Sunday, May 24, 2020
A different lustre.
That wonderful time of the year when the days are getting longer and the predawn air is laden with the scent of wild roses . In the field across the lane from The Rickety Old Farmhouse the wheat is growing an inch a day. The young sparrows are up and about early. In fact they've been up and about since four arguing and flapping their wings in the gutters. They have reached that age when they can make short trips - solo. They are all making full use of this new found skill. I don't know how many baby sparrows live in our eaves but think Coney Island on Memorial Day and you're on the right track. The noise level is also Coneyesque. Sophie adds her decibel enhancement.
'The Font' is stirring and opening the shutters. In the early morning rays the 'woggly' glass in The Rickety Old Farmhouses windows glint. The uneven old glass was imported into France as ballast in ships returning from Vietnam. A local glazier would fire it up so that it could be reshaped to size. Over the years the glass has run. Age has given it a lustre quite different to modern glass.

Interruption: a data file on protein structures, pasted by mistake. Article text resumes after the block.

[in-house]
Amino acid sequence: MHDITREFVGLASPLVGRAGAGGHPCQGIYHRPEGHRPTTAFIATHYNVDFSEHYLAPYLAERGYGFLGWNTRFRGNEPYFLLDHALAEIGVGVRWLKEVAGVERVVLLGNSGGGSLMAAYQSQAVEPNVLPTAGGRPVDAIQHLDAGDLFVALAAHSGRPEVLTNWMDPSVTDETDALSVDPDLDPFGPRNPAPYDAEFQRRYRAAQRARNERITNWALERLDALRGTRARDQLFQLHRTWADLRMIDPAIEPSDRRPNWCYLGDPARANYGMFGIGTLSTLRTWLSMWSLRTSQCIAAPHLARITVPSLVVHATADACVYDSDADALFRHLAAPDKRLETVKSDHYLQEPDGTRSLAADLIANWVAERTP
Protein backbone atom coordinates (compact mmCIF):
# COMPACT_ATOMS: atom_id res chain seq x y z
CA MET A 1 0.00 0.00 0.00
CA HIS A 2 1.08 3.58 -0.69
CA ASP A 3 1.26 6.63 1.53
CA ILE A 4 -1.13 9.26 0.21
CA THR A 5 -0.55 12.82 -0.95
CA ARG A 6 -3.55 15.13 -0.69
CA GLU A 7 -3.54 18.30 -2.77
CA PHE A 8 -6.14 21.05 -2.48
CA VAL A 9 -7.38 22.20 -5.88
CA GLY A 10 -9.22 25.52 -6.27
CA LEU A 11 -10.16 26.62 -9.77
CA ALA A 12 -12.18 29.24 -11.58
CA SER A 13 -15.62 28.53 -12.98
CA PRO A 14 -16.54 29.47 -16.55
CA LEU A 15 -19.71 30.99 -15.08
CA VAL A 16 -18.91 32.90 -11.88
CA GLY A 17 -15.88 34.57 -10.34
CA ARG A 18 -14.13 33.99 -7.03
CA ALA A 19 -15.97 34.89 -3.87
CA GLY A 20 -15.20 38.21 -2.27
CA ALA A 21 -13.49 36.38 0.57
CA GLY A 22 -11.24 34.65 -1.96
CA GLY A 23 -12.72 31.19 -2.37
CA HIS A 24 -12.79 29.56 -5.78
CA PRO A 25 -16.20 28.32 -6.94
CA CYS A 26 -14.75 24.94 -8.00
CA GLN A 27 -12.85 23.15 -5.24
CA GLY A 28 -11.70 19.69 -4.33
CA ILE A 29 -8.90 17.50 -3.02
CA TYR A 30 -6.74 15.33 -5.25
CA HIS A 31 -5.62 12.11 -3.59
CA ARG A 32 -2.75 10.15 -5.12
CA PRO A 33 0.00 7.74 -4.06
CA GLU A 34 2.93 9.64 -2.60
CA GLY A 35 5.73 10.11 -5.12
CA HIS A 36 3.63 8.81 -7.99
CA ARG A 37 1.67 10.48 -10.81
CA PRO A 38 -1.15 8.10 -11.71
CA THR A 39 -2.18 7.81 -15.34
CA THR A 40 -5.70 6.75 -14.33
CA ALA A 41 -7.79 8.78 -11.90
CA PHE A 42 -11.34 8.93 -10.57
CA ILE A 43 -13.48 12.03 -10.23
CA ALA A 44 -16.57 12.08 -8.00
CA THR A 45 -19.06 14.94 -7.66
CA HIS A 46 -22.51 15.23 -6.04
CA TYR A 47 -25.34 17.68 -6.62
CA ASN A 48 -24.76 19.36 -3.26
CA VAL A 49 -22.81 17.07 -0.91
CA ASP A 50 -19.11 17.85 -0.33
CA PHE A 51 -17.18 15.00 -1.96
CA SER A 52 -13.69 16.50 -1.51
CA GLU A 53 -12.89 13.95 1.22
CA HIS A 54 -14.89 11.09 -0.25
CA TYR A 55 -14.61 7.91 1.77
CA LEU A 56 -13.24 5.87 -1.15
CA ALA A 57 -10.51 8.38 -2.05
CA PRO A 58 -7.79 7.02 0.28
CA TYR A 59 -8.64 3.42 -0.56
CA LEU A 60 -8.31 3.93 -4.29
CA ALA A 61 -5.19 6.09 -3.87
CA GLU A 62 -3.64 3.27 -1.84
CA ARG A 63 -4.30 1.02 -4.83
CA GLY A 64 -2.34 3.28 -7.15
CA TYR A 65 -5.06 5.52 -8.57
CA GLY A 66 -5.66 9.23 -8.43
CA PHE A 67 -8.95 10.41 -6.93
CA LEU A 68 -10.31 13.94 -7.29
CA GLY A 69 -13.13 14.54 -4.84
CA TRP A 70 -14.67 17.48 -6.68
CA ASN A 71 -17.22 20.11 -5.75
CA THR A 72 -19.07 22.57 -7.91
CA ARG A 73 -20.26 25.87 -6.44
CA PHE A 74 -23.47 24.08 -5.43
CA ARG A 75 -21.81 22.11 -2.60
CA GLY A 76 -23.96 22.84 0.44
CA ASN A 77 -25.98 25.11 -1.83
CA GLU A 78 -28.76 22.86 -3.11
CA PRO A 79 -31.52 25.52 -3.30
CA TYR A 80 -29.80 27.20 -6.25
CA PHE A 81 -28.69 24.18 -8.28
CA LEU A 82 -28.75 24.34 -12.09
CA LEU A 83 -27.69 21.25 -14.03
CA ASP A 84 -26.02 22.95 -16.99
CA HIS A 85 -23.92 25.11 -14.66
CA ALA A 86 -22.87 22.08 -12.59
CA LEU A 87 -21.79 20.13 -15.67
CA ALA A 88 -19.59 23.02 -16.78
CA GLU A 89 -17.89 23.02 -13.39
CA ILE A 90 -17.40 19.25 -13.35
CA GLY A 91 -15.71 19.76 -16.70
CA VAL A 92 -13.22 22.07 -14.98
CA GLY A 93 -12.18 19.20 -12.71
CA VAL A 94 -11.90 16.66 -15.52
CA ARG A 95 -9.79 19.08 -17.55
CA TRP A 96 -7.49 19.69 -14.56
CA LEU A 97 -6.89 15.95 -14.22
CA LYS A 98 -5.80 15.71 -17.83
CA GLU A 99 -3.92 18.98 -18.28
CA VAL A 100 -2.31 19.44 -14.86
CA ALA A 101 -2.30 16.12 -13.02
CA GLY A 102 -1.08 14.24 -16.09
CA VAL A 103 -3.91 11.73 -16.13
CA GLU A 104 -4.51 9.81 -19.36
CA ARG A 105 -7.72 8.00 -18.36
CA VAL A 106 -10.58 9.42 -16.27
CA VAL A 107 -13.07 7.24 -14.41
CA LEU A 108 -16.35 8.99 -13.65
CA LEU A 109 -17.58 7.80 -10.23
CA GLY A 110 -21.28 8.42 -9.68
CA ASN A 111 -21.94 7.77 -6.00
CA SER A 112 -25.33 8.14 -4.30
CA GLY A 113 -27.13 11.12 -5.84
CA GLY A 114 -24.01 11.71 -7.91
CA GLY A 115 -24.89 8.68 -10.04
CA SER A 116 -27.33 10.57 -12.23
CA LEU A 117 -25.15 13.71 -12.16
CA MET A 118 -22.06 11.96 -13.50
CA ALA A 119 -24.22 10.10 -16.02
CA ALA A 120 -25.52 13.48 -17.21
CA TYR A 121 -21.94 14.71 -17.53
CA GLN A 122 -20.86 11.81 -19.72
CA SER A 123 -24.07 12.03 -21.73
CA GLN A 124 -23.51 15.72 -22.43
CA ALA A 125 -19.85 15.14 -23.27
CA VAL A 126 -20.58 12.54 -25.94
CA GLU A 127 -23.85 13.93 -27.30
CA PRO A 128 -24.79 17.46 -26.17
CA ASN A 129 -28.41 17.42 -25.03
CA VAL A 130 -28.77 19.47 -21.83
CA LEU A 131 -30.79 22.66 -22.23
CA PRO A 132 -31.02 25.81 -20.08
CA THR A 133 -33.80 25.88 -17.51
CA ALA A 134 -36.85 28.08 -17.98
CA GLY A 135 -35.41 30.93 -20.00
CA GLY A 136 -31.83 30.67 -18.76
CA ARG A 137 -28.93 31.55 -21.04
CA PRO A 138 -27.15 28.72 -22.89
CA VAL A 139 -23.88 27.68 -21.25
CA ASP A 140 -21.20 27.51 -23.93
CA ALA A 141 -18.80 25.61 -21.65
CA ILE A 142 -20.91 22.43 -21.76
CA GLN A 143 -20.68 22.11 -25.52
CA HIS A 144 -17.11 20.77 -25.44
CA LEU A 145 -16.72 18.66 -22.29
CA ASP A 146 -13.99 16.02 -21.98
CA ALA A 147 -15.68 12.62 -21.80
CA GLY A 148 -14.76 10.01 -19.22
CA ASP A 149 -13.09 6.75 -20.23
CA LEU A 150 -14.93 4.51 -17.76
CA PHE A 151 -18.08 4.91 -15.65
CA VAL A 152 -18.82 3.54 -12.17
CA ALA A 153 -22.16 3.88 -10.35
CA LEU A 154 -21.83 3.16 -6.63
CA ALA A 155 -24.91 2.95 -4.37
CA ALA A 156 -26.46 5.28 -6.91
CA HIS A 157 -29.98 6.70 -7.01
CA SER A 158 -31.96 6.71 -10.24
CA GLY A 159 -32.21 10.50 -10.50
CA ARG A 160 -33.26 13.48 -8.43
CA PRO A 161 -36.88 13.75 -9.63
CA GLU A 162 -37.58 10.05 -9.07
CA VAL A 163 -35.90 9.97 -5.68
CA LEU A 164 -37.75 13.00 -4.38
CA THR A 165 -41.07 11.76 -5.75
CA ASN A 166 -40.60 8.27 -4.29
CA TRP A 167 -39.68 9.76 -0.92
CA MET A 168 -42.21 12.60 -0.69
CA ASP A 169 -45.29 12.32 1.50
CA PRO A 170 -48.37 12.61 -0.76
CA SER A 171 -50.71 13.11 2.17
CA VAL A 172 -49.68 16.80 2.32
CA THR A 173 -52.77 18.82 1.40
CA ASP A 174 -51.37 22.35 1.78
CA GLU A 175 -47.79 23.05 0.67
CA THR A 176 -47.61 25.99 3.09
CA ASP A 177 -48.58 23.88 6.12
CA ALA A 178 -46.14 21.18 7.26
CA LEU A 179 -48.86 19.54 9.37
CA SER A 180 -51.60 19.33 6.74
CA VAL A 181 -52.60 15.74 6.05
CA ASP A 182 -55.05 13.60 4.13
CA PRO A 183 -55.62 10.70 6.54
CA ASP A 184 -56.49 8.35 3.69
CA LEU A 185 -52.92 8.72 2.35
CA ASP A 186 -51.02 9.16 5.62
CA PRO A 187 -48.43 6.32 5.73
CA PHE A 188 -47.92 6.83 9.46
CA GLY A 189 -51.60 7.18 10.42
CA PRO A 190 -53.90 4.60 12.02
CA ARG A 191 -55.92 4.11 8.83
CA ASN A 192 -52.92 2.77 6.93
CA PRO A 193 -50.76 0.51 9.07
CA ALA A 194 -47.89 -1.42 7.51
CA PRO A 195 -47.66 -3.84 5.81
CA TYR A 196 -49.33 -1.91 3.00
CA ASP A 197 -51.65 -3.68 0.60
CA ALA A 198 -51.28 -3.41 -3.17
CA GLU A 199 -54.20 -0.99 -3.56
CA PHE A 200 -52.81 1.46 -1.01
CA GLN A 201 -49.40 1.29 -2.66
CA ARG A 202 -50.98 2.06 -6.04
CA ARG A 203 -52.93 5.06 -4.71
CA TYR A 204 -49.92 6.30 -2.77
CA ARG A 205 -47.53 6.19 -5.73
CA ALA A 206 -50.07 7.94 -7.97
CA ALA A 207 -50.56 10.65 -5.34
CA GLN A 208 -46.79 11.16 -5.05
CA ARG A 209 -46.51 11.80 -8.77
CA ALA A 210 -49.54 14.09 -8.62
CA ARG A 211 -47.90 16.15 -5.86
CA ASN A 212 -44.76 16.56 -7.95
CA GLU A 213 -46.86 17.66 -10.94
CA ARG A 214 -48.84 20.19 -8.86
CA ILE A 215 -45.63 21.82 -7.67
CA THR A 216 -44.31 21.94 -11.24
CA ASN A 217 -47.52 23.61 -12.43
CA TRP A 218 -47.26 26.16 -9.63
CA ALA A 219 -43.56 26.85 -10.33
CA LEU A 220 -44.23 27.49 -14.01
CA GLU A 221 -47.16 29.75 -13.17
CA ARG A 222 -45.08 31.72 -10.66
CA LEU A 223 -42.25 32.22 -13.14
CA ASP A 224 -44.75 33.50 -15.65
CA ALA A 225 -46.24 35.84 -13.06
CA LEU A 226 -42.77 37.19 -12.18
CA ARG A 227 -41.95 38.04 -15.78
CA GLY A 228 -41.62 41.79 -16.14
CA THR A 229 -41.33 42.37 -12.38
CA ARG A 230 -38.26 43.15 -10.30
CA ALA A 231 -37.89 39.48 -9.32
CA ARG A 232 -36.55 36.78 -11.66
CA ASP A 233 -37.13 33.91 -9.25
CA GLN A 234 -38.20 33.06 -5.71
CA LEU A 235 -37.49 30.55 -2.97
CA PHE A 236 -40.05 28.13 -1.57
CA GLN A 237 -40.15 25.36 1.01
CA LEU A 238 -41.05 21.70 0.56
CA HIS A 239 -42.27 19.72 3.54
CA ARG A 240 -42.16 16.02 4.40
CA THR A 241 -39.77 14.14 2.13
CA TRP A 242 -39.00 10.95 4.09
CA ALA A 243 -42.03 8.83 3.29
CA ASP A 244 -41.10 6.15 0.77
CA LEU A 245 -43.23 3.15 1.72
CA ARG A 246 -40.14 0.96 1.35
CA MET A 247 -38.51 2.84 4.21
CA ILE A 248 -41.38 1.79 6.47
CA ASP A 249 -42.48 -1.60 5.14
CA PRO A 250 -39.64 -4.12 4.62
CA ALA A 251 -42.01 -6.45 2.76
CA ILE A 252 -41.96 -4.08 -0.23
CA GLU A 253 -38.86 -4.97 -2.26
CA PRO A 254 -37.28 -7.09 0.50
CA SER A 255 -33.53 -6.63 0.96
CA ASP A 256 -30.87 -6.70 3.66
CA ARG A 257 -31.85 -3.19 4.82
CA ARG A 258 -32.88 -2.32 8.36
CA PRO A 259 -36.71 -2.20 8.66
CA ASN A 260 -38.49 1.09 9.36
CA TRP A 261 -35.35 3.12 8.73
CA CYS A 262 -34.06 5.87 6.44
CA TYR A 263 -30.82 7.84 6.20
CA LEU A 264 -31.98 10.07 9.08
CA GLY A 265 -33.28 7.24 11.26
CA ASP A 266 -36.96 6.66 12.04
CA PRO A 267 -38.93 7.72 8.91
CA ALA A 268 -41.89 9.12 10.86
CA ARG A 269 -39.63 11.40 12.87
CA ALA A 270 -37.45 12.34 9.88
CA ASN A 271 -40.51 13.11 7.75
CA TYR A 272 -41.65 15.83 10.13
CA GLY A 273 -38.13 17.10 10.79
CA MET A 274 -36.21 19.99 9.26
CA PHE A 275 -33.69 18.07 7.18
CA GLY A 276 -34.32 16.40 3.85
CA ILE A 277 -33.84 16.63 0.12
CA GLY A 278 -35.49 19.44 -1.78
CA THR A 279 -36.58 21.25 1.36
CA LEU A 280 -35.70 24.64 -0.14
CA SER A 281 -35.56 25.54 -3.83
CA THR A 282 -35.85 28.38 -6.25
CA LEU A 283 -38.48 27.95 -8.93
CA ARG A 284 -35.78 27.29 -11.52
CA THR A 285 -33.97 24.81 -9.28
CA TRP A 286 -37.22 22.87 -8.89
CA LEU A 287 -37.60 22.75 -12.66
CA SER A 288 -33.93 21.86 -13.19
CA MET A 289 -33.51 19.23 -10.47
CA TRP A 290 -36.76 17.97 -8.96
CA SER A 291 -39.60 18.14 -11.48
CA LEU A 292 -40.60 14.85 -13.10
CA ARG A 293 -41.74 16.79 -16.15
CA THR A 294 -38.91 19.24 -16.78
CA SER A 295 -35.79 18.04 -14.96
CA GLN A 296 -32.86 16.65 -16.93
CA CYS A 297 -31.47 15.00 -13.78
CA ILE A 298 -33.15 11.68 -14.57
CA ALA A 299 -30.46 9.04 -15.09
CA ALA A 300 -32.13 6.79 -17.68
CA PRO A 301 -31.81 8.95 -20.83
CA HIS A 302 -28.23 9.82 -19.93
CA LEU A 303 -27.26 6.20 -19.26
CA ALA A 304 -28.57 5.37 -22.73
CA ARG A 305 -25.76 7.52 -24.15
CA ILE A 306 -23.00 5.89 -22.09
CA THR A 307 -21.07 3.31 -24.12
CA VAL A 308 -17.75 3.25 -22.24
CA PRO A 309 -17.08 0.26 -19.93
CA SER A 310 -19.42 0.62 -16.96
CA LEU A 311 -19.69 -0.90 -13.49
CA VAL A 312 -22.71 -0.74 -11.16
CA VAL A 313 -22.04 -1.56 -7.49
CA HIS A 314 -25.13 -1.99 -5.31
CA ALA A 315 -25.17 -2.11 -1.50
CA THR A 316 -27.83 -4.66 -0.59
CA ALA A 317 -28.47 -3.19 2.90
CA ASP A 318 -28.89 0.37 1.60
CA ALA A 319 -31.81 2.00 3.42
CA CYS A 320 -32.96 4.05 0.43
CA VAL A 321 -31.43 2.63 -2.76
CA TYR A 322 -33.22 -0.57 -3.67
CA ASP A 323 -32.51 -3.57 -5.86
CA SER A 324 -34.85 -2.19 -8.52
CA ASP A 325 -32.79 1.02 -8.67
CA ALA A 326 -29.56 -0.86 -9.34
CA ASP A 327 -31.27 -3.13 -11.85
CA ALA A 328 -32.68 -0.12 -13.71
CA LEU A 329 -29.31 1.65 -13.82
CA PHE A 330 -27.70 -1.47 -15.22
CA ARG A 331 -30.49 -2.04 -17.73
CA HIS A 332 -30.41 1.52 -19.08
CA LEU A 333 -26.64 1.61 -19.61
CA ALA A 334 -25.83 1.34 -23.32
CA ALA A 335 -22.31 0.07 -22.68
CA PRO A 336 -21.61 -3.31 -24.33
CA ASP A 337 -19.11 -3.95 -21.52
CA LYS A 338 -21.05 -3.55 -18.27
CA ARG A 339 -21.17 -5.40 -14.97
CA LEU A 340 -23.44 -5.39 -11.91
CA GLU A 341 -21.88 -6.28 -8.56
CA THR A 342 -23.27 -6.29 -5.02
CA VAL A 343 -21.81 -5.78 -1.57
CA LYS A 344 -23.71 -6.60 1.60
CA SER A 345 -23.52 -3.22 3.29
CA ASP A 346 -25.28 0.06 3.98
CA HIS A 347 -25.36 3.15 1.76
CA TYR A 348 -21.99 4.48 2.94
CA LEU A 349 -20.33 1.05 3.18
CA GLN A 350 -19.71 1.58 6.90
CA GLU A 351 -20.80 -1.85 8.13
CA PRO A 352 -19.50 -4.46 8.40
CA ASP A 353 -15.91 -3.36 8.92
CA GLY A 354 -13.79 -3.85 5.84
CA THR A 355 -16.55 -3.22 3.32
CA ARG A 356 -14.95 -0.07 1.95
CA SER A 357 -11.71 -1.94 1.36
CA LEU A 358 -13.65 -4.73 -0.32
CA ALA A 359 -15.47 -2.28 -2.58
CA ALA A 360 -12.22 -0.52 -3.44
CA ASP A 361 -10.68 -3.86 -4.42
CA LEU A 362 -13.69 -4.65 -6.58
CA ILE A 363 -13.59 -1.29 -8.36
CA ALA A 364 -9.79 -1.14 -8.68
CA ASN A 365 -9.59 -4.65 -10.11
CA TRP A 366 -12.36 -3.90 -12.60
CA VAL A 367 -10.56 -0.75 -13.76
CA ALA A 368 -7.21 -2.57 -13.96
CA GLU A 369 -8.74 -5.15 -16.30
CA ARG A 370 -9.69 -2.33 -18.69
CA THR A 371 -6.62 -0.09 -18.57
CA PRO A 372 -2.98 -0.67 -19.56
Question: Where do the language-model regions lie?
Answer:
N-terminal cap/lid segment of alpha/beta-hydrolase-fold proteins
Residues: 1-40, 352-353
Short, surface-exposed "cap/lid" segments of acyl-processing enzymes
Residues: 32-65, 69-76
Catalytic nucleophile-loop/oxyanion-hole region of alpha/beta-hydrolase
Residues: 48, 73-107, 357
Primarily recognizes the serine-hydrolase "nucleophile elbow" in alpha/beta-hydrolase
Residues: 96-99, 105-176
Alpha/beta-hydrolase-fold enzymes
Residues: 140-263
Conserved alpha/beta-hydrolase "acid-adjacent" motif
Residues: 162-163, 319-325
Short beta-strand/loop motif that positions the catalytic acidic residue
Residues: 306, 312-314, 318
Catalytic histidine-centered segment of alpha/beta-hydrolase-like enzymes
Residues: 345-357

By seven, and our second walk, the sun is up. The sparrows are still arguing. It was a national holiday on Thursday - Ascension Day. Many folks have made a long weekend of it. This morning the parking area in front of the church full of cars disgorging enthusiastic hikers.
Two vans show up. A family from Toulouse have booked the village hall. There will be ten of them - the maximum allowed by law - and are planning to have their Sunday lunch in the Salle des Fetes. The mayor reminds them they must be a metre apart, at least. ' No problem Mate' says a gentleman in a black Adidas track suit who, I presume, must be the father. This is perhaps the oddest lockdown activity I've witnessed. I'm betting there will be at least twenty of them by the time lunch is served. A flat bed truck arrives and a man starts to unload four armchairs. The mayor and Angus exchange looks.